Mehrara and Hamldar (2014)August 1990 to November 2014Brent spot and futures prices, daily dataJohansen cointegration, Granger causality, VECMBidirectional long and short run relationship
Ding et al. (2014)1996 to 2003 and 2004 to 2012WTI spot prices and net long financial positions, weekly dataGranger non-causality test in quantilesSome causal relationship between crude oil and financial positions
Lee et al. (2010)January 1990 to December 2007WTI spot and futures prices, daily dataBai–Perron testEvidence of four structural breaks
Salisu and Fasanya (2013)January 2000 to March 2012WTI and Brent spot prices, daily dataNP procedureTwo structural breaks, one in 1990 and second in 2008
Charles and Darné (2014)January 1985 to June 2011Brent, WTI and OPECOutliers clusteringNumerous structural breaks
Mensi et al. (2014)May 1987 to December 2012Brent and WTI, daily dataBai–Perron testEvidence of five break points in WTI market and six break points in Brent market
Khediri and Charfeddine (2015)January 1986 to January 2014Crude oil, gasoline and heating oil spot and futures prices, daily dataMoving WindowTwo year moving windows shows mean reversion towards markets efficiency
Sadorsky (1999)January 1947 to April 1996Oil price index, monthly dataGARCH (1,1)Evidence of asymmetric effects of oil price volatility shocks
Wang and Wu (2012)July 1992 to August 2011WTI spot prices, weekly dataUni and Multi-GARCHUni-variate models show greater accuracy
Salisu and Fasanya (2013)January 2000 to March 2012WTI and Brent spot prices, daily dataGARCH modelsEvidence of persistence and leverage effects
Charles and Darné (2014)January 1985 to June 2011Brent, WTI and OPECGARCH modelsVarious GARCH-type models showed different parameter estimates
Wang et al. (2016)January 1993 to September 2013WTI and Brent spot prices, daily dataGARCH models and Markov switching modelMSM model captures volatility forecast better than GARCH models
Serletis and Andreadis (2004)January 1990 to February 2001WTI and Henry Hub natural gas, daily dataHurst testEvidence of multifractal turbulent structure
Charles and Darné (2009)1982 to 2008Brent and WTI spot prices, daily dataVR tests and wild-bootstrappingBrent is efficient, WTI is not efficient between 1994 to 2008 period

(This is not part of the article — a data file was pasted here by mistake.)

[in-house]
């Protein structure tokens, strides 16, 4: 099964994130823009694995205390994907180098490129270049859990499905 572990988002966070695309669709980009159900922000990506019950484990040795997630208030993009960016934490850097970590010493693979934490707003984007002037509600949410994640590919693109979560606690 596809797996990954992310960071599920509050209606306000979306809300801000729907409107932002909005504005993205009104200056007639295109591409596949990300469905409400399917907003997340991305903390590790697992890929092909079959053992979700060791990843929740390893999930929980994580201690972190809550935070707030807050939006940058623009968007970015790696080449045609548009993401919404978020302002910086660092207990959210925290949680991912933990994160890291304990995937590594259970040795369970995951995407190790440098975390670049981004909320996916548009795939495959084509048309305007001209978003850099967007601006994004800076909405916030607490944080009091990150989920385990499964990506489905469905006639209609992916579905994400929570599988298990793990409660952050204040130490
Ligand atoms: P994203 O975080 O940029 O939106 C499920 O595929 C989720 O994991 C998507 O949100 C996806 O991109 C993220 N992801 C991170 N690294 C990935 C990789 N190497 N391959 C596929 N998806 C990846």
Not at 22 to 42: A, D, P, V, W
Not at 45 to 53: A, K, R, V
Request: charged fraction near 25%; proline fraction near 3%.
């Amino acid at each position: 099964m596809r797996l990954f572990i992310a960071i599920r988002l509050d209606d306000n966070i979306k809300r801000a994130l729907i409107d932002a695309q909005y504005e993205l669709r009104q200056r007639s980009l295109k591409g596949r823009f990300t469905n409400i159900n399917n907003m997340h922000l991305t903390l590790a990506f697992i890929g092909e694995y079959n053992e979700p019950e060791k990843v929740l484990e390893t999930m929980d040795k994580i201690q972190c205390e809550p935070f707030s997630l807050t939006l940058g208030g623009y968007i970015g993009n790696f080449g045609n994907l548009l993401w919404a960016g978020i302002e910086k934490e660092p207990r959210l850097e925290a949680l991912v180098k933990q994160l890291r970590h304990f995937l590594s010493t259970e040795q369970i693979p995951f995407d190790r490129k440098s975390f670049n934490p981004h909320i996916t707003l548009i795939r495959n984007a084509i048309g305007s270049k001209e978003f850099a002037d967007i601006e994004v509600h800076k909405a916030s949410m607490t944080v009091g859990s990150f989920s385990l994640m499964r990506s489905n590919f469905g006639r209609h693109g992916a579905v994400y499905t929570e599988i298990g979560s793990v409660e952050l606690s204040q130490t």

Khediri and Charfeddine (2015)1986 to 2014WTI, Gasoline and Heating oil spot and futures prices, daily dataVR tests, Run test, R/S statistic and DFACrude oil and gasoline prices show highest degree of efficiency
Gu and Zhang (2016)1986 to 2012WTI spot prices, daily dataMultifractality, Granger non-causalityEvidence of nonlinear relationship between crude oil market inefficiency and multifractality
Table 3. Brief Summary of Leading Variable.
Table 3. Brief Summary of Leading Variable.
Existing ResearchDirection of Leading Price
Schwarz and Szakmary (1994) Futures   Spot
Gülen (1998) Futures   Spot
Pindyck (2001) Futures   Spot
Alquist and Kilian (2010) Futures   Spot
Wang and Wu (2013) Futures   Spot
Zhang and Wang (2013) Futures   Spot
Kim (2015) Futures   Spot
Note: means the direction of the relationship running from futures to spot prices, means that both prices influence each other.

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Zavadska, M.; Morales, L.; Coughlan, J. The Lead–Lag Relationship between Oil Futures and Spot Prices—A Literature Review. Int. J. Financial Stud. 2018, 6, 89.

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Zavadska M, Morales L, Coughlan J. The Lead–Lag Relationship between Oil Futures and Spot Prices—A Literature Review. International Journal of Financial Studies. 2018; 6(4):89.

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Zavadska, Miroslava, Lucía Morales, and Joseph Coughlan. 2018. "The Lead–Lag Relationship between Oil Futures and Spot Prices—A Literature Review" International Journal of Financial Studies 6, no. 4: 89.